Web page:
An NCI-designated Comprehensive Cancer Center
By Zen Vuong | November 1, 2019
John Termini DNA Damage | City of Hope Human kidney cells stained to reveal DNA damage induced by elevated glucose (green dots)
Higher-than-normal blood sugar levels are linked to more DNA damage that is repaired less often in the body’s cells, which could explain why people with diabetes have an increased risk of developing cancer, according to ongoing research led by City of Hope.
Such genomic instability can cause and promote the progression of cancer, said John Termini, Ph.D., professor in the Department of Molecular Medicine.
“As the incidence of diabetes continues to rise, the cancer rate will likely increase as well,” Termini said. “In an ironic twist of fate, some cancer treatments increase the risk of diabetes, which in turn increases the risk of cancer. The destructive machine feeds itself. That’s why City of Hope — best known for its leading-edge cancer therapies — has also taken on the challenge of finding a cure for diabetes.”

Similar risk factors

The diabetes and cancer link has been discussed in scientific circles for years; however, researchers are still searching for the disease-causing catalyst. This research may bring us one step closer to finding it. Termini presented his ongoing research at the American Chemical Society (ACS) Fall 2019 National Meeting & Exposition on Aug. 25 in San Diego. He elaborated on early findings at an ACS press conference on Aug. 26.
The link between diabetes and certain cancers may be due, in part, to shared risk factors such as aging, obesity, increased inflammation, dietary choices and inactive lifestyles. People with type 2 diabetes (the most common form) are 2.5 times more likely to develop liver or pancreatic cancer. They also run a higher-than-normal risk of developing colon, bladder and breast cancer. Diabetic women with breast cancer have a higher mortality rate than women with breast cancer alone.
Conversely, some forms of chemotherapy induce insulin resistance, bringing on diabetic symptoms. Immunotherapy, one of the most exciting advances in cancer treatment, may bring on the less common type 1 diabetes, which is essentially an autoimmune disorder. With immunotherapy, the body's immune system is “unleashed,” and it may attack critical insulin-producing cells in the pancreas.
Termini and his colleagues showed, in tissue culture and diabetic mouse models, that elevated glucose increased the presence of DNA adducts — chemical modifications of the DNA. Specifically, they found that a DNA adduct called N2-(1-carboxyethyl)-2’-deoxyguanosine, or CEdG, occurred more frequently in diabetic models than in normal cells or mice. Moreover, high glucose levels increased DNA strand breaks and interfered with DNA repair, which is required for removal of CEdG. The result is genome instability that could cause cancer.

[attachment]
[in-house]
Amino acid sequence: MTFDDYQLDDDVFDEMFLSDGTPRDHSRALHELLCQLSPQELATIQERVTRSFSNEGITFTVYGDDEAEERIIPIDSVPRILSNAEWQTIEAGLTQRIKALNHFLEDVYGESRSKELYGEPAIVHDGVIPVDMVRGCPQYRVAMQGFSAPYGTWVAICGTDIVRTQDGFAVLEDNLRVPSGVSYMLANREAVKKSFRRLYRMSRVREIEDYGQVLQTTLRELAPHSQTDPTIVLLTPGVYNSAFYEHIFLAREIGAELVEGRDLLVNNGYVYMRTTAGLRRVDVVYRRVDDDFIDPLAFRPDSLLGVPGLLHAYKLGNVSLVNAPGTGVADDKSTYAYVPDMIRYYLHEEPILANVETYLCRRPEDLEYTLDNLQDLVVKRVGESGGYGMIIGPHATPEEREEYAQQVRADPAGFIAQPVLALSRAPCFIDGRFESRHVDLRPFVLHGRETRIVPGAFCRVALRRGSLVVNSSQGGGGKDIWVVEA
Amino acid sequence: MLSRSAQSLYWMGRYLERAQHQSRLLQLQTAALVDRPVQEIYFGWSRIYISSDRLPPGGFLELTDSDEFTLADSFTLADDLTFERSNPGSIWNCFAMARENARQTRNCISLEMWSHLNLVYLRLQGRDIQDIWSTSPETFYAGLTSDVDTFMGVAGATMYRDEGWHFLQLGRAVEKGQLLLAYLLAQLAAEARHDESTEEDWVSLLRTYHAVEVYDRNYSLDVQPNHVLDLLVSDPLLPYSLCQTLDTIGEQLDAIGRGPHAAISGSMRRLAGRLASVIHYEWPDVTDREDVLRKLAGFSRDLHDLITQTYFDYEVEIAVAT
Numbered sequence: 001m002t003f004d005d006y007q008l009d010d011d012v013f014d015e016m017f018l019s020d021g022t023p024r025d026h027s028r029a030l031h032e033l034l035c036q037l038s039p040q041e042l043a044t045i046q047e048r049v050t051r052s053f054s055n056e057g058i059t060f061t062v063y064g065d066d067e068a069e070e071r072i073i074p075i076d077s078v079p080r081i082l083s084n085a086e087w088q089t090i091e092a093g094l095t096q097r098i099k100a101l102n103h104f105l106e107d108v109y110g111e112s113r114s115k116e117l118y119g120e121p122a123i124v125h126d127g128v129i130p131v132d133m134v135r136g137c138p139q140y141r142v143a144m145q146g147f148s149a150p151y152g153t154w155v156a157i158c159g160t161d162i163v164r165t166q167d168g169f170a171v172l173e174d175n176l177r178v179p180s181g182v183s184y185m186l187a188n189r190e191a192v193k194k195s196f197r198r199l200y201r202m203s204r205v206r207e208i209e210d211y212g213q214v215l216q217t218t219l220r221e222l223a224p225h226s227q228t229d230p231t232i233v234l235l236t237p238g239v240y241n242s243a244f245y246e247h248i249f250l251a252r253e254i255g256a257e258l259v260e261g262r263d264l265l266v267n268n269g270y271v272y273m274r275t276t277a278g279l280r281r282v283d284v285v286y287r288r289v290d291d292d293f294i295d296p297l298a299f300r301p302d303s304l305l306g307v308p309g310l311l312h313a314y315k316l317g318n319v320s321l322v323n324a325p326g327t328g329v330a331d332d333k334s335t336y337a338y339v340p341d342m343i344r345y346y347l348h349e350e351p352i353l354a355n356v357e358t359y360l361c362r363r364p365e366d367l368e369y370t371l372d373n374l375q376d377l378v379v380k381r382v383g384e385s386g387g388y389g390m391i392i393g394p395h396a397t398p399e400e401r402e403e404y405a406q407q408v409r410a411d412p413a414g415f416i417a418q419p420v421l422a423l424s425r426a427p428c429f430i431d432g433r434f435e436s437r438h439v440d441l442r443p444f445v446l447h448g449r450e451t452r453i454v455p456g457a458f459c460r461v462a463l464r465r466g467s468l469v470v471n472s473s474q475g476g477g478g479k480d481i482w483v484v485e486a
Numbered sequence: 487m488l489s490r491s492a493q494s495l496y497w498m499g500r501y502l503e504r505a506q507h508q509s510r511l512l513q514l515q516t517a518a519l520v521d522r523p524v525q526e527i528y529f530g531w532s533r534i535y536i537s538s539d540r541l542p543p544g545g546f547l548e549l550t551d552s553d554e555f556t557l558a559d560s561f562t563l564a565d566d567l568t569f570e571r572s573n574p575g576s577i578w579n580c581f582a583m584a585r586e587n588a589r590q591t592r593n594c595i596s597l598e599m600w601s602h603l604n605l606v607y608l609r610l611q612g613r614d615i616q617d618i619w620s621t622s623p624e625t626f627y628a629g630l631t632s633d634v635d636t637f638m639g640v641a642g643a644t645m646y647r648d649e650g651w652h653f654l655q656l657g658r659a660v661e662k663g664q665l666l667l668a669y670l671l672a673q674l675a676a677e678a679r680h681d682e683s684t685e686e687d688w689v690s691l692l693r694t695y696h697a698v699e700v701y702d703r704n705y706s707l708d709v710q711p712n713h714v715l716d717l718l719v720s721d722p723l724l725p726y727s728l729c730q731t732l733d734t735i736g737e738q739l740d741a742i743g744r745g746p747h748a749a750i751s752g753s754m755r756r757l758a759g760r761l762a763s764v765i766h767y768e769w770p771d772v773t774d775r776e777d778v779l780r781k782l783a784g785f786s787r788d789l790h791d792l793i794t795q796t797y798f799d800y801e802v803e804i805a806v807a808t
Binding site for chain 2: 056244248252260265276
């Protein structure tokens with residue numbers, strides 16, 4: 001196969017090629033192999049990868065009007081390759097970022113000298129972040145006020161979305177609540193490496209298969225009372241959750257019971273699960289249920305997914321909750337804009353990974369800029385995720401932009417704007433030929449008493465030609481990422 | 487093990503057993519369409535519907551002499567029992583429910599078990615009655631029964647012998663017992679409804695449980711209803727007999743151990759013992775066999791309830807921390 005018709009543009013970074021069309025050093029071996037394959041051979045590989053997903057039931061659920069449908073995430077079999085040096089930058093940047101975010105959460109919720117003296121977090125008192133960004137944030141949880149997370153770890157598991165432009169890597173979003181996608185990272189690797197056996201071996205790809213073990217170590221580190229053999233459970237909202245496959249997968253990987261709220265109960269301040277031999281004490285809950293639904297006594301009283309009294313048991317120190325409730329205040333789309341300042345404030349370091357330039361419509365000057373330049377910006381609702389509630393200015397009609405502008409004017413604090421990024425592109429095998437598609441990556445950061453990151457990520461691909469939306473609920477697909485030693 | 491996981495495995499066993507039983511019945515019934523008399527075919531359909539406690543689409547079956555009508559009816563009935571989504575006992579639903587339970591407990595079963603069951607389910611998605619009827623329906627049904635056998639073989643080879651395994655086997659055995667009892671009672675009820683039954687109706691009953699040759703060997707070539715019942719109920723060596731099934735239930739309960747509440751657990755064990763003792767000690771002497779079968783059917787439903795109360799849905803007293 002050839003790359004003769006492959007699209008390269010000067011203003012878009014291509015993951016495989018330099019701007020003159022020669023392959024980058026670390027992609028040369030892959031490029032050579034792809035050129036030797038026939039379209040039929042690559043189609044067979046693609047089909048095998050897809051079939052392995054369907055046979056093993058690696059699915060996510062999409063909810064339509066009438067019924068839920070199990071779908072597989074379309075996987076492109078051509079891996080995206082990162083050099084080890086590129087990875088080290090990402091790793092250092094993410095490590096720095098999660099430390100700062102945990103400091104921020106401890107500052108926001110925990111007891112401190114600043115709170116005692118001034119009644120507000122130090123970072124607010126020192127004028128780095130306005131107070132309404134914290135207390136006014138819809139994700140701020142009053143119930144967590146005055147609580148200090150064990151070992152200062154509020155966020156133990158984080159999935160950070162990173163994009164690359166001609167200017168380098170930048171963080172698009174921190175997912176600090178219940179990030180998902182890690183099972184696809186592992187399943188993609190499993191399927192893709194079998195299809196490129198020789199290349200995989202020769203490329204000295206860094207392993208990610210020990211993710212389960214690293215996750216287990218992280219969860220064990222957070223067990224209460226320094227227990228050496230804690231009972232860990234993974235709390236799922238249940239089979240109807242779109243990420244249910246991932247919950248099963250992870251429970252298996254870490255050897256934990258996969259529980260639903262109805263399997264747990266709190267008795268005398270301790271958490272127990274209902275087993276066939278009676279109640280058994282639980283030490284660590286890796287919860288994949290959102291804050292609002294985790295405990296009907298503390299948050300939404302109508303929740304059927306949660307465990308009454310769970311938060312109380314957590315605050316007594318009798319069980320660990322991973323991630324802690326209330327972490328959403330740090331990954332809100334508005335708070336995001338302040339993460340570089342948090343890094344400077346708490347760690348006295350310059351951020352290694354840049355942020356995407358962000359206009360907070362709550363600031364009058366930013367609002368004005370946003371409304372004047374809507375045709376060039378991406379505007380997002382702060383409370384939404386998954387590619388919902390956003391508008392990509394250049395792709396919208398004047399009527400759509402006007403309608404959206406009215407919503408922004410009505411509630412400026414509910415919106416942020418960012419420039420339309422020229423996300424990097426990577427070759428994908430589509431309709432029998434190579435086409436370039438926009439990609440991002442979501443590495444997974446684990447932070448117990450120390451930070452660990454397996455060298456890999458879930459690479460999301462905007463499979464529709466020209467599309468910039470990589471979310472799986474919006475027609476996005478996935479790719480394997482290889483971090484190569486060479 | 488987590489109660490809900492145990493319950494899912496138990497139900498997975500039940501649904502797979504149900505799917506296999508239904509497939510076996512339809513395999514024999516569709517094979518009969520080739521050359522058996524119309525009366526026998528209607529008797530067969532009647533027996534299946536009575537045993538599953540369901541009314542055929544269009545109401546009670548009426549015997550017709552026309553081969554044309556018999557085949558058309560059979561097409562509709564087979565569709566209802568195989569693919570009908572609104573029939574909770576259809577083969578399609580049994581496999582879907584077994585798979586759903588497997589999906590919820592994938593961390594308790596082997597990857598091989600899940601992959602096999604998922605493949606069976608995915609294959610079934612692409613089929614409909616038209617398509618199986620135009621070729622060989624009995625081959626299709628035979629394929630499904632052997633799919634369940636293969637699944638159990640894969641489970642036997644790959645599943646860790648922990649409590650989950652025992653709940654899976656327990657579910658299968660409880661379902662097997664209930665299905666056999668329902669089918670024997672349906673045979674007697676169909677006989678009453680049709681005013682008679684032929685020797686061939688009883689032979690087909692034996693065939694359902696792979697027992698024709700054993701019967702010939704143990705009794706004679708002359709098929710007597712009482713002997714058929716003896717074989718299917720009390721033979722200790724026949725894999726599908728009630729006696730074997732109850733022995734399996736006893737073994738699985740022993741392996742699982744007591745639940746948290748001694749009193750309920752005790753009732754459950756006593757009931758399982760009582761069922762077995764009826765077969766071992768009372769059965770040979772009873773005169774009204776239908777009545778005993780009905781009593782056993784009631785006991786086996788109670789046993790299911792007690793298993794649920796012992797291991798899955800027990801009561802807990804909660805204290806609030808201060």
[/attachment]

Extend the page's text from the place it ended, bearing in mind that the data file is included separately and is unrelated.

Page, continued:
Recently, Termini and colleagues completed a clinical study that measured the levels of CEdG and its RNA counterpart (CEG) in people with type 2 diabetes. People with diabetes had significantly higher levels of both CEdG and CEG than people without the disease.
The scientists identified two proteins that appear to be involved: transcription factor HIF1α and signaling protein mTORC1, both of which are less active in people with diabetes. HIF1α activates several genes involved in the repair process. The scientists found that if they stabilized HIF1α in a high-glucose environment, they increased DNA repair and reduced DNA damage. The protein mTORC1 controls HIF1α, so if mTORC1 is stimulated, then HIF1α is stimulated, Termini said.

Metformin May Reduce cancer risk

In theory, a medication that lowers blood sugar levels in diabetics could also potentially fight cancer by “starving” malignant cells to death. Evidence exists showing that diabetics who take metformin, the No. 1 drug for treating type 2 diabetes, may be less likely to develop cancer. Moreover, if they contract cancer, they are significantly less likely to die from it.
“Metformin helps lower blood glucose levels and stimulates DNA repair,” Termini said. “We’re looking to test metformin in combination with drugs that specifically stabilize HIF1α or enhance mTORC1 signaling in diabetic animal models.”
These studies were supported by the National Institutes of Health. The ACS is the world’s largest scientific society.
To support diabetes research at City of Hope and join our quest for a cure, click here.

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